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Wednesday, 16 September 2009
Page: 6718


Senator LUDLAM (2:19 PM) —My question to the Minister for Broadband, Communications and the Digital Economy relates to the government’s proposed mandatory net censorship scheme. Can the minister confirm for us whether the trial results are in, whether he is still planning on releasing to the Australian public the trial results in full and whether his reliance on a small, self-selected group of internet users to trial a mass-deployed compulsory filter qualifies as evidence based policy?


Senator CONROY (Minister for Broadband, Communications and the Digital Economy) —I thank Senator Ludlam for his question. The live pilot trial into ISP level filtering has recently been completed. The report has not yet been finalised but I have undertaken—and I repeat that commitment—to release it in due course. In the meantime, the existing laws introduced by the Howard government remain in place and, I assume, still have the support of those opposite. Labor took a comprehensive cyber safety policy to the 2007 election. The internet is the most powerful platform for information and entertainment we have known. However, it also has potential dangers. That is why the Rudd government, in the 2008-09 budget, committed $125.8 million towards our cyber safety plan. This included funding for education, law enforcement and the establishment of a youth advisory group—people aged between 11 and 17 years—to help develop our policy.


Senator Ludlam —Mr President, I rise on a point of order as to relevance. I would ask you to draw the minister’s attention to the fact that I have not asked him about any of the things he is informing the chamber about at the moment. I ask you to draw his attention to the clean feed mandatory censorship proposal.


The PRESIDENT —Unfortunately, Senator Ludlam, there were those in the chamber who drowned out the latter part of your comments, which I could not even hear. Would you repeat your comments, please.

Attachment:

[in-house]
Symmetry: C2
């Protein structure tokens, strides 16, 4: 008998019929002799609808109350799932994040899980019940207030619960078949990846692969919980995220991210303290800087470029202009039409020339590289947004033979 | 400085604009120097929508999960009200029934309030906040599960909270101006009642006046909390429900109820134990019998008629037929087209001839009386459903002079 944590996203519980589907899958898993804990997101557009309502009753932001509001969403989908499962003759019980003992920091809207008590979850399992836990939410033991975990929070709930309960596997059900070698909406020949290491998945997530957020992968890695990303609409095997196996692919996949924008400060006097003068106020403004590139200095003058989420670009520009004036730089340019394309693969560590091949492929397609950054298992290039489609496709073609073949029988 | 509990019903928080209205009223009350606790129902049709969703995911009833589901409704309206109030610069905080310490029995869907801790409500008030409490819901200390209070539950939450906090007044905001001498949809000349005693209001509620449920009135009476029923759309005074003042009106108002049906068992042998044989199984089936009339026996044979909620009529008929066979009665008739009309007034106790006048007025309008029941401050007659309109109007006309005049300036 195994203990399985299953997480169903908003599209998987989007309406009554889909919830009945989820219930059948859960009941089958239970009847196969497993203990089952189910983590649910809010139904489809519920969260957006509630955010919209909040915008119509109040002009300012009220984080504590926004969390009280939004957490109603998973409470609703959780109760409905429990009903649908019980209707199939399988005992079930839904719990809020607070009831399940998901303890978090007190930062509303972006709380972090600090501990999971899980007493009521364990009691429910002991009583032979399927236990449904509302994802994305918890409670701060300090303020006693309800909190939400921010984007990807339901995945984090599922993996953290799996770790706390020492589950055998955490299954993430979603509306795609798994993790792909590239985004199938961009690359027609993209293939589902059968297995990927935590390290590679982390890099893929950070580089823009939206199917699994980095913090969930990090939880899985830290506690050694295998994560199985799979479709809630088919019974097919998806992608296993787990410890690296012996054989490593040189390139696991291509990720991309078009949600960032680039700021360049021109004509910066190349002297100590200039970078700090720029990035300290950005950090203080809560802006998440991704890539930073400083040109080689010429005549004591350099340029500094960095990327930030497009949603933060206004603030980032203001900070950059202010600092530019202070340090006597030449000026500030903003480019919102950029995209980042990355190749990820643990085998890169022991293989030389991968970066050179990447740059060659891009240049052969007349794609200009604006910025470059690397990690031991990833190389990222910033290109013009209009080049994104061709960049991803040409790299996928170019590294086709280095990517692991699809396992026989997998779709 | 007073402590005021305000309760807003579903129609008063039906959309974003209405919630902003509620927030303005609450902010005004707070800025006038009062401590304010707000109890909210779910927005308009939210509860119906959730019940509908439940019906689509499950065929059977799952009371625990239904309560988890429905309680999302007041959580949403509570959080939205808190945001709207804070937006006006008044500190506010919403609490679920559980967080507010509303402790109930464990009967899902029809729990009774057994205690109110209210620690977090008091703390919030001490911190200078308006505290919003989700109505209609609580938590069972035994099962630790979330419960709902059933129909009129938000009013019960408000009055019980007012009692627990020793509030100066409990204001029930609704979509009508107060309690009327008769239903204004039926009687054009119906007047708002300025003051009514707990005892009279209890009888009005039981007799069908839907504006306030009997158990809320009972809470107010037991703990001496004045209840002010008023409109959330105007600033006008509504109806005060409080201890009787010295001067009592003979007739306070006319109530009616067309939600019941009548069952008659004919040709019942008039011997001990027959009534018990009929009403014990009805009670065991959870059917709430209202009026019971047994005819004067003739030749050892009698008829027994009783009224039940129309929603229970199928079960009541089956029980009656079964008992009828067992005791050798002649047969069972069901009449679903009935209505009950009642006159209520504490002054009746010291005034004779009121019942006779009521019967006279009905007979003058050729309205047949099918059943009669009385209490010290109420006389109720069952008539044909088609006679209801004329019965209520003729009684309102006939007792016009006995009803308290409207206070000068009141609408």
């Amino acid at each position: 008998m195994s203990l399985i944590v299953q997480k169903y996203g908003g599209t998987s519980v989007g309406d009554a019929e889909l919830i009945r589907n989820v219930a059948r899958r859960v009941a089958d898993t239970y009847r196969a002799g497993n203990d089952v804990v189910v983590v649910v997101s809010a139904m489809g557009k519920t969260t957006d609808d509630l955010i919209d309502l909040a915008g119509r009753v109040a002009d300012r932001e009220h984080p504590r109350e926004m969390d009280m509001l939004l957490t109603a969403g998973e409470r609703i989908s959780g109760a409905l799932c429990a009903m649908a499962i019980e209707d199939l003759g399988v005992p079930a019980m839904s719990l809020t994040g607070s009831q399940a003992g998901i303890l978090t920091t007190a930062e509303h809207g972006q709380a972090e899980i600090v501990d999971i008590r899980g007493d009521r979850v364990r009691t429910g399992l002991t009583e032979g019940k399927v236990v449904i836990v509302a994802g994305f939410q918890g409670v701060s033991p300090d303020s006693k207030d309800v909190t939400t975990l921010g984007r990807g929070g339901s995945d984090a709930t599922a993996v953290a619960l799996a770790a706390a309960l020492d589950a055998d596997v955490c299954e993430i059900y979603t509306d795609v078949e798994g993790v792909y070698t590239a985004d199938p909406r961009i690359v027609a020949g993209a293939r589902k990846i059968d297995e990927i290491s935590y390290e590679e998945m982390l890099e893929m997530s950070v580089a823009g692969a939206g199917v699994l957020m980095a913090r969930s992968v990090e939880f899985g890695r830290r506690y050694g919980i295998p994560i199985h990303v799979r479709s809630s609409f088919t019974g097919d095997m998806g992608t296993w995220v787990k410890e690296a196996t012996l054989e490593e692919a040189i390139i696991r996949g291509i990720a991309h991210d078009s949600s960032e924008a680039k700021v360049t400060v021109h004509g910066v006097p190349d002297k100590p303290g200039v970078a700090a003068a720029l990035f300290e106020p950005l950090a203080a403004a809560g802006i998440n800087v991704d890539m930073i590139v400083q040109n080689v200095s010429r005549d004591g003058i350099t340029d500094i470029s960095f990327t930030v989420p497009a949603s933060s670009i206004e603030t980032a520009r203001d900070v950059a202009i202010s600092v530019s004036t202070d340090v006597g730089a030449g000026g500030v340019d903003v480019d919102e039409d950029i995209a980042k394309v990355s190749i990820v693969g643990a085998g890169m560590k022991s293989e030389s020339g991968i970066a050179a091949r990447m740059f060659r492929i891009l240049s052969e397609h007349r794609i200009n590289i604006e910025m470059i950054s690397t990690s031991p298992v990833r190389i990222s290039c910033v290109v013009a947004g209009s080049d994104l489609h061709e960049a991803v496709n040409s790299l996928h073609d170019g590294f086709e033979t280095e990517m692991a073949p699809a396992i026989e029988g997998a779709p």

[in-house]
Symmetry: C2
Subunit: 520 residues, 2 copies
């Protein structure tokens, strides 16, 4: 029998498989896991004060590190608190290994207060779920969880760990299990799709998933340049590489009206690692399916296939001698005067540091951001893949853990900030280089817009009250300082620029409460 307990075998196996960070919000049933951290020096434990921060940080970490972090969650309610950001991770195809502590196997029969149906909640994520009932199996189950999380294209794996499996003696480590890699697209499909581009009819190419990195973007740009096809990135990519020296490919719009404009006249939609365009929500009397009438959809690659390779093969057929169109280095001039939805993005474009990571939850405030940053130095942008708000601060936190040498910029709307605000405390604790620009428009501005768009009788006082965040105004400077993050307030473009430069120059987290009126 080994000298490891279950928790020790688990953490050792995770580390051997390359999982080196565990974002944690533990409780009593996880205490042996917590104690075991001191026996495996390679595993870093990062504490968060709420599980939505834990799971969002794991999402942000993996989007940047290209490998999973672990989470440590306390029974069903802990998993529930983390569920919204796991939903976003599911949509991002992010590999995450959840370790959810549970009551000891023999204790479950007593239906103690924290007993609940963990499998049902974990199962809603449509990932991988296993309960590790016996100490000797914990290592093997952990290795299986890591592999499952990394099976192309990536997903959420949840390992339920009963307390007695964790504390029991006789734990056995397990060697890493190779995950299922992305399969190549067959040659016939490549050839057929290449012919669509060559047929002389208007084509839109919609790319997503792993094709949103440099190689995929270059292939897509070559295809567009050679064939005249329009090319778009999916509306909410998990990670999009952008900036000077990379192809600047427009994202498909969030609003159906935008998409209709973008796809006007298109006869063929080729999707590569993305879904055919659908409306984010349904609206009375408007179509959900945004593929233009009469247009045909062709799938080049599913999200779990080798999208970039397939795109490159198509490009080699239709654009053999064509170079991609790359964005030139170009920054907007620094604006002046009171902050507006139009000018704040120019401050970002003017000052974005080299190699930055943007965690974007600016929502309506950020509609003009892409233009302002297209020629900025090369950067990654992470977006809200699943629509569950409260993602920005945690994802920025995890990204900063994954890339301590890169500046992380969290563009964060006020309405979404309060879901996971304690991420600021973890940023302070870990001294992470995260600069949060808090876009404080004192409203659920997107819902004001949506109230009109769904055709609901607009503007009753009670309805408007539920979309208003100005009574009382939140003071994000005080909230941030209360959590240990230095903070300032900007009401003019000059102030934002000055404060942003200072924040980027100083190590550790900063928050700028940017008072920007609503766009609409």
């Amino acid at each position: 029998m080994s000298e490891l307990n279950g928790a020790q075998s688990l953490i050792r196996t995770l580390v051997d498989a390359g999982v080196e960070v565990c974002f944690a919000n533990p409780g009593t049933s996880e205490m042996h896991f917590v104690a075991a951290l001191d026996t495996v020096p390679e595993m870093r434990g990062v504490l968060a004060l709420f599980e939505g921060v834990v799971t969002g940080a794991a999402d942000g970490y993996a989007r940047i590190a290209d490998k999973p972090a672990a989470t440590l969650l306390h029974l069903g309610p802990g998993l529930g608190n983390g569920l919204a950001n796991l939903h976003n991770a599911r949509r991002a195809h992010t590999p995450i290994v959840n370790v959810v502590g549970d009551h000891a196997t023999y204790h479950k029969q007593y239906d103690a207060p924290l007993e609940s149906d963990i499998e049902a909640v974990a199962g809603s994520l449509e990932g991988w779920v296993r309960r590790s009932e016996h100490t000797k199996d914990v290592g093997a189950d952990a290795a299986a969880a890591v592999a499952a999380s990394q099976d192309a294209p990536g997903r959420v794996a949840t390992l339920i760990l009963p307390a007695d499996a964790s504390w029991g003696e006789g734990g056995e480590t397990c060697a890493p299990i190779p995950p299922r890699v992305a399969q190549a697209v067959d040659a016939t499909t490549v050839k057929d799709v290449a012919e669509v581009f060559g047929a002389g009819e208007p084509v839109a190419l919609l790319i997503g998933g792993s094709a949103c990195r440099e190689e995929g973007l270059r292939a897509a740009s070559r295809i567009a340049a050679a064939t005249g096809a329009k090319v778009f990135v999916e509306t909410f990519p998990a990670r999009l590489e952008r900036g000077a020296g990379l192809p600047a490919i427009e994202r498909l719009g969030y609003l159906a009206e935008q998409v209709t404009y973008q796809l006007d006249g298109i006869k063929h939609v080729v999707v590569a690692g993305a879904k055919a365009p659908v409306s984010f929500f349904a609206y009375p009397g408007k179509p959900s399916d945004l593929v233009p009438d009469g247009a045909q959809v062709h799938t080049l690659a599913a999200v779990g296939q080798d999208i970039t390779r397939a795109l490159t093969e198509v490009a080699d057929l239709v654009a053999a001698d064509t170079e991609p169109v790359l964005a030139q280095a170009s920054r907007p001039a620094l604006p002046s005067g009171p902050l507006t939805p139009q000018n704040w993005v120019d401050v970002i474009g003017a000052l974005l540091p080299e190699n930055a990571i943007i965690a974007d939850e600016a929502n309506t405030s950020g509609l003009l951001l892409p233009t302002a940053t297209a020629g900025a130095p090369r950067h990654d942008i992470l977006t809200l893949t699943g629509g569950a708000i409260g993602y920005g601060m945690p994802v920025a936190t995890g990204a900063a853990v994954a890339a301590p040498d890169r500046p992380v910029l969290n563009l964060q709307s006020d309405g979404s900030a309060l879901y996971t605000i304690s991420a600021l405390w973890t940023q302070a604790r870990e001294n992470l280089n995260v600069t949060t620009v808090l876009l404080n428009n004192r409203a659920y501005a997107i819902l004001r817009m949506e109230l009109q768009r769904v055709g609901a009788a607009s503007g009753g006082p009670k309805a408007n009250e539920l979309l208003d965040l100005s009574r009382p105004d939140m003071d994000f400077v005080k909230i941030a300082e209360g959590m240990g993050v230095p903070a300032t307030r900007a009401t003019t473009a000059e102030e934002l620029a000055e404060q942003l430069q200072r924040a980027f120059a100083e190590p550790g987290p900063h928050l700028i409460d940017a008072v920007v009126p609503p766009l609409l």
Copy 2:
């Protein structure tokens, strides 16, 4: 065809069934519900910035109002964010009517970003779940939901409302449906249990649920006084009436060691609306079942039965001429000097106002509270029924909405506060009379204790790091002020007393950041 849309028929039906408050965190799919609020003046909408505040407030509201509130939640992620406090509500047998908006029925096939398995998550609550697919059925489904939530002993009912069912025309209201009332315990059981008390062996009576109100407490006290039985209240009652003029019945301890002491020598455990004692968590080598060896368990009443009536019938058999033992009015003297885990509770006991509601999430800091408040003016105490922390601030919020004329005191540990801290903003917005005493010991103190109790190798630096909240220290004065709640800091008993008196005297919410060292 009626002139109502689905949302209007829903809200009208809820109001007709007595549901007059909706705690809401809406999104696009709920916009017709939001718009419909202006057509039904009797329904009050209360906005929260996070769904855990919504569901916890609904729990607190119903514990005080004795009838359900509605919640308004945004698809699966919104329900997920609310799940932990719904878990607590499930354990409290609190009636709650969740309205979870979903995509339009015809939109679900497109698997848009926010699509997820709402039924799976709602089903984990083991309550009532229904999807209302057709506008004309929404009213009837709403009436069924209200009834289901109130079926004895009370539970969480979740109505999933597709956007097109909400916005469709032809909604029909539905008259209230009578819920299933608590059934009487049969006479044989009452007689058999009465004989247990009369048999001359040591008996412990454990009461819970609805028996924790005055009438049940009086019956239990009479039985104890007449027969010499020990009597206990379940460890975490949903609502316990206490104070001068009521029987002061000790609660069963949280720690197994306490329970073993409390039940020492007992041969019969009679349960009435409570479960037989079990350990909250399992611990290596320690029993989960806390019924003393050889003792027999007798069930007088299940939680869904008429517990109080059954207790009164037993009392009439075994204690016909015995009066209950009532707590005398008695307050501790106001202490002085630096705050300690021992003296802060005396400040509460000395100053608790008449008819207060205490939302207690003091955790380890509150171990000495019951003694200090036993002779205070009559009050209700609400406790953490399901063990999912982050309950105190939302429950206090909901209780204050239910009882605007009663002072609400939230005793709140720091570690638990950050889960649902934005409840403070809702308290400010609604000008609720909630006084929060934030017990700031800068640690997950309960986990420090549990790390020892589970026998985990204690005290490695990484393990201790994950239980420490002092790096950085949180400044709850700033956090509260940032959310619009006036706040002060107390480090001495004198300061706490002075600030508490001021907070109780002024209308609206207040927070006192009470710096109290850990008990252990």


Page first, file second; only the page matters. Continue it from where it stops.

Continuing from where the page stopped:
Senator Ludlam —Thank you, Mr President. My point of order went to relevance. The minister was busy entertaining the chamber with information which was completely irrelevant to the point of my question. I asked for information about the mandatory net censorship proposal and the minister’s reliance on this evidence in rolling out mandatory net censorship around Australia.


The PRESIDENT —On the point of order: I consider the minister to be answering the question. I draw the minister’s attention to the fact that there are 44 seconds remaining and, whilst I cannot instruct the minister how to answer the question, I draw his attention to the question.


Senator CONROY —As I was saying, one element of the policy includes examining the introduction of ISP-level filtering for material refused classification under the existing National Classification Code. I did recently see a comment from a university professor who knows nothing about actual internet filtering, which I think is the basis on which you are seeking to ask your question about whether or not the basis of the test was valid. I think it was dealt with quite comprehensively by the company that was doing the testing, Senator Ludlam. I think that if you go back and check the clippings, you will find that the criticism made of the validity of the statistical— (Time expired)